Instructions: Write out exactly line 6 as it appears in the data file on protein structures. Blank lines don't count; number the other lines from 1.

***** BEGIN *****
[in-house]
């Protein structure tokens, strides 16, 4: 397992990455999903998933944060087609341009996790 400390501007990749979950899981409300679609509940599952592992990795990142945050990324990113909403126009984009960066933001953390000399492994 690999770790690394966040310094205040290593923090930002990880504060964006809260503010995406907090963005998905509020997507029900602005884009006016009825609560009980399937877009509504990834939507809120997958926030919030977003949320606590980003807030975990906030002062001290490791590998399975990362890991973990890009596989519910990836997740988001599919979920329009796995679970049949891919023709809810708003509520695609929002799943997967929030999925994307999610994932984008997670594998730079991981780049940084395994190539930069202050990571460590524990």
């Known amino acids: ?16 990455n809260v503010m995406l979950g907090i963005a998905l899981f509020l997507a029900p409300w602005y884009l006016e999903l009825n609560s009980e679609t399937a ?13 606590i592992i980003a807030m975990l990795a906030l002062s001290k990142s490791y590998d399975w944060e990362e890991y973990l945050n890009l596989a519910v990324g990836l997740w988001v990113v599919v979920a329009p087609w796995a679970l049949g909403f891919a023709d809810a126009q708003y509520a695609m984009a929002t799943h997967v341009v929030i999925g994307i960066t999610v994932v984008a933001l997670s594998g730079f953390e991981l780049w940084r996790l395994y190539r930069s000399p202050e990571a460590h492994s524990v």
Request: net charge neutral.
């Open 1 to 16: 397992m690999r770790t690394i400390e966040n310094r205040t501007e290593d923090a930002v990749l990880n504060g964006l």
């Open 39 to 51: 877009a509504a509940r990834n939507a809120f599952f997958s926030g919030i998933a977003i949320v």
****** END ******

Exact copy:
């Open 39 to 51: 877009a509504a509940r990834n939507a809120f599952f997958s926030g919030i998933a977003i949320v």